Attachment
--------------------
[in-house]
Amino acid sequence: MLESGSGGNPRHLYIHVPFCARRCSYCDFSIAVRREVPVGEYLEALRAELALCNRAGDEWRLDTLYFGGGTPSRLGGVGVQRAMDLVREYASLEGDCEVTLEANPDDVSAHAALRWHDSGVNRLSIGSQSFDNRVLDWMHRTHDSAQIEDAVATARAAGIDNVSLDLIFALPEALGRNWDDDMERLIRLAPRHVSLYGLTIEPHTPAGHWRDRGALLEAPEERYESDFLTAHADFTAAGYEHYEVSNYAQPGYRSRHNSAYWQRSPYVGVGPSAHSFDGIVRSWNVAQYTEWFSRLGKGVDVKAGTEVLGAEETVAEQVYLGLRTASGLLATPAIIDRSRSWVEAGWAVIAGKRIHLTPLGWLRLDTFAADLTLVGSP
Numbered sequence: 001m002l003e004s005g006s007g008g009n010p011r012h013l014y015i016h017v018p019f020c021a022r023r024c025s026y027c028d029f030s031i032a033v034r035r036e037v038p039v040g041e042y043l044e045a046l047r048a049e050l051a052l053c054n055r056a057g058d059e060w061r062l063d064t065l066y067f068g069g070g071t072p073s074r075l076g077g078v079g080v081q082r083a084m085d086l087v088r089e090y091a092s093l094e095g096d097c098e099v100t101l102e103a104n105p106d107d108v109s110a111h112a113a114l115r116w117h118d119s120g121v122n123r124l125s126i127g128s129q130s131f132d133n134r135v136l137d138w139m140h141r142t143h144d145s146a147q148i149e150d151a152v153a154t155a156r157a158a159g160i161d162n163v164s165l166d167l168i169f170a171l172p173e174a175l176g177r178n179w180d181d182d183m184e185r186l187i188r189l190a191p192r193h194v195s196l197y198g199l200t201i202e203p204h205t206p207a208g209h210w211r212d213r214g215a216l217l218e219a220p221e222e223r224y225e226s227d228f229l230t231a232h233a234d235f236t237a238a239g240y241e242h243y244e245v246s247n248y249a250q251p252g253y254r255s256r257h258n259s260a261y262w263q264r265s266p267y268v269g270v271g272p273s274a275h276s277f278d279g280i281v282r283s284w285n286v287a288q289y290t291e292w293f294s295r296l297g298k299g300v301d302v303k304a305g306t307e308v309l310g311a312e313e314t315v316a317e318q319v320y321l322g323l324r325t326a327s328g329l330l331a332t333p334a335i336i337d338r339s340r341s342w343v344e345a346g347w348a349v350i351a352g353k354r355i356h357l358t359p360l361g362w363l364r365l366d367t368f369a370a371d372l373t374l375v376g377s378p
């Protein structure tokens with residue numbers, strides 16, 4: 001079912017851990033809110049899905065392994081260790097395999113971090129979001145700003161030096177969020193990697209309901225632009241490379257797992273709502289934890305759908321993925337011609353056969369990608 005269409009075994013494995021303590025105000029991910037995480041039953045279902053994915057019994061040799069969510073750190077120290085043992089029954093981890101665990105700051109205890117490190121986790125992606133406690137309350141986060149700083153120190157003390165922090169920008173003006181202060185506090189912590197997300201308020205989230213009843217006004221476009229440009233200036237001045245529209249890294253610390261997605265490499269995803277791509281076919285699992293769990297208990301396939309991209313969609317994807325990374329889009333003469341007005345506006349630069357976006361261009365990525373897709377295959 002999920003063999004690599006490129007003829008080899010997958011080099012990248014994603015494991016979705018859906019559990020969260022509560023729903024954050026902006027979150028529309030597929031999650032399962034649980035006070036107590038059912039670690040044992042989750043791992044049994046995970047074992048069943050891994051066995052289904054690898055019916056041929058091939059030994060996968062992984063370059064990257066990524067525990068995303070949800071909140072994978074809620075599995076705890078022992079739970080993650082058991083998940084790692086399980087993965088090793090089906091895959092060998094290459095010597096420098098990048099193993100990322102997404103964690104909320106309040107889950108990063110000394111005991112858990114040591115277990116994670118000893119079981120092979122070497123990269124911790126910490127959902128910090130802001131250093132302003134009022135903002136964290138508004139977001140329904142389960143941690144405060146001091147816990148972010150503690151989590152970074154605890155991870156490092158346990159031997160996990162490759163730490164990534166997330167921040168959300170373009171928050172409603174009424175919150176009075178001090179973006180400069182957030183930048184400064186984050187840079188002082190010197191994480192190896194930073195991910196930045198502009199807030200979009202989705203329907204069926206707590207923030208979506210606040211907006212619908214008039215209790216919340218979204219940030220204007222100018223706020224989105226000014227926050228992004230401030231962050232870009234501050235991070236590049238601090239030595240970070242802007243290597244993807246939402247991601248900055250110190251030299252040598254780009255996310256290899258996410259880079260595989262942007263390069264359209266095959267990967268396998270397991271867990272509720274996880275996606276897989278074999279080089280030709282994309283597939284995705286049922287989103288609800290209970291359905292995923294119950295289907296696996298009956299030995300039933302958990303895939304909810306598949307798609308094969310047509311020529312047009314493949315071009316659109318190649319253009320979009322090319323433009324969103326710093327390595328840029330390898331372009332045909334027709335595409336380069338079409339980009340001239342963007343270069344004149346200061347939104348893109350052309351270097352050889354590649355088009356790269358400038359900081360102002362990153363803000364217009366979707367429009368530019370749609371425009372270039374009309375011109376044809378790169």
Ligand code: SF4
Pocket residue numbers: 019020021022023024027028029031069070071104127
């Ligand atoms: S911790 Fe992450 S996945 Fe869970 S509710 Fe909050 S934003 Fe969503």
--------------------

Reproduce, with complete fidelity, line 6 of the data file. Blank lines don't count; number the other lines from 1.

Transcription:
Pocket residue numbers: 019020021022023024027028029031069070071104127